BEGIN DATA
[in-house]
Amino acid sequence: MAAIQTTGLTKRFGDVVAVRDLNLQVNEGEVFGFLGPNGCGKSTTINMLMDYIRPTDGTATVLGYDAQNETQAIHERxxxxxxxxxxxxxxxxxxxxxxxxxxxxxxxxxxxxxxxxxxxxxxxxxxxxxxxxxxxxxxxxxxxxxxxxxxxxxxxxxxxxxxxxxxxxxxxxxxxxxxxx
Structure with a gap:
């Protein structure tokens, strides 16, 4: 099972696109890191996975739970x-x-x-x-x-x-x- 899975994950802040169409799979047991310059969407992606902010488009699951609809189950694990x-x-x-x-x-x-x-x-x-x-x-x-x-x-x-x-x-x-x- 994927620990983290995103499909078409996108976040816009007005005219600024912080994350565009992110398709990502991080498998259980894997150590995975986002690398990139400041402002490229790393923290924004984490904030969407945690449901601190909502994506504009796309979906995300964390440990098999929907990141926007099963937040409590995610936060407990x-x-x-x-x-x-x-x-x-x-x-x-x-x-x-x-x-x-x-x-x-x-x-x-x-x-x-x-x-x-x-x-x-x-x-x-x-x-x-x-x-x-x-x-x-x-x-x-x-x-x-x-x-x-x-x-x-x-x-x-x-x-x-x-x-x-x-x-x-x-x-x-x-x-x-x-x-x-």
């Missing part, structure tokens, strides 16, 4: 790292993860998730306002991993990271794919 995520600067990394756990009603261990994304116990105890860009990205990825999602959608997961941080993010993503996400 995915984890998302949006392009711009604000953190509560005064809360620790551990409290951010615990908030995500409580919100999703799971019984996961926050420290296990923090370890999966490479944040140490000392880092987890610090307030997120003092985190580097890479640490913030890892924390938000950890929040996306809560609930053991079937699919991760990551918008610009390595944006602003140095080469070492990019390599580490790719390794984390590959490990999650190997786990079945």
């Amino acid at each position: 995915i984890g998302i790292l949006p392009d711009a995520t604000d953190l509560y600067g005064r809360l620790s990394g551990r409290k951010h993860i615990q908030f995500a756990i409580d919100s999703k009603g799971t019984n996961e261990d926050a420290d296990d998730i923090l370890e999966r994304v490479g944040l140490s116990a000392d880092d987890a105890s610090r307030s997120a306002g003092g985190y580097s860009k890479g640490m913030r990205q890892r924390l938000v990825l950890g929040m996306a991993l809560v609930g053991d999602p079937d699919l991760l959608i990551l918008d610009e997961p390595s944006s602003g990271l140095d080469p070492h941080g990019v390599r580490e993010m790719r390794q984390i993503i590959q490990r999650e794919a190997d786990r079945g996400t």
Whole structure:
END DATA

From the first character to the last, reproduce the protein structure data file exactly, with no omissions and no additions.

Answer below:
[in-house]
Amino acid sequence: MAAIQTTGLTKRFGDVVAVRDLNLQVNEGEVFGFLGPNGCGKSTTINMLMDYIRPTDGTATVLGYDAQNETQAIHERxxxxxxxxxxxxxxxxxxxxxxxxxxxxxxxxxxxxxxxxxxxxxxxxxxxxxxxxxxxxxxxxxxxxxxxxxxxxxxxxxxxxxxxxxxxxxxxxxxxxxxxx
Structure with a gap:
């Protein structure tokens, strides 16, 4: 099972696109890191996975739970x-x-x-x-x-x-x- 899975994950802040169409799979047991310059969407992606902010488009699951609809189950694990x-x-x-x-x-x-x-x-x-x-x-x-x-x-x-x-x-x-x- 994927620990983290995103499909078409996108976040816009007005005219600024912080994350565009992110398709990502991080498998259980894997150590995975986002690398990139400041402002490229790393923290924004984490904030969407945690449901601190909502994506504009796309979906995300964390440990098999929907990141926007099963937040409590995610936060407990x-x-x-x-x-x-x-x-x-x-x-x-x-x-x-x-x-x-x-x-x-x-x-x-x-x-x-x-x-x-x-x-x-x-x-x-x-x-x-x-x-x-x-x-x-x-x-x-x-x-x-x-x-x-x-x-x-x-x-x-x-x-x-x-x-x-x-x-x-x-x-x-x-x-x-x-x-x-």
């Missing part, structure tokens, strides 16, 4: 790292993860998730306002991993990271794919 995520600067990394756990009603261990994304116990105890860009990205990825999602959608997961941080993010993503996400 995915984890998302949006392009711009604000953190509560005064809360620790551990409290951010615990908030995500409580919100999703799971019984996961926050420290296990923090370890999966490479944040140490000392880092987890610090307030997120003092985190580097890479640490913030890892924390938000950890929040996306809560609930053991079937699919991760990551918008610009390595944006602003140095080469070492990019390599580490790719390794984390590959490990999650190997786990079945």
């Amino acid at each position: 995915i984890g998302i790292l949006p392009d711009a995520t604000d953190l509560y600067g005064r809360l620790s990394g551990r409290k951010h993860i615990q908030f995500a756990i409580d919100s999703k009603g799971t019984n996961e261990d926050a420290d296990d998730i923090l370890e999966r994304v490479g944040l140490s116990a000392d880092d987890a105890s610090r307030s997120a306002g003092g985190y580097s860009k890479g640490m913030r990205q890892r924390l938000v990825l950890g929040m996306a991993l809560v609930g053991d999602p079937d699919l991760l959608i990551l918008d610009e997961p390595s944006s602003g990271l140095d080469p070492h941080g990019v390599r580490e993010m790719r390794q984390i993503i590959q490990r999650e794919a190997d786990r079945g996400t």
Whole structure: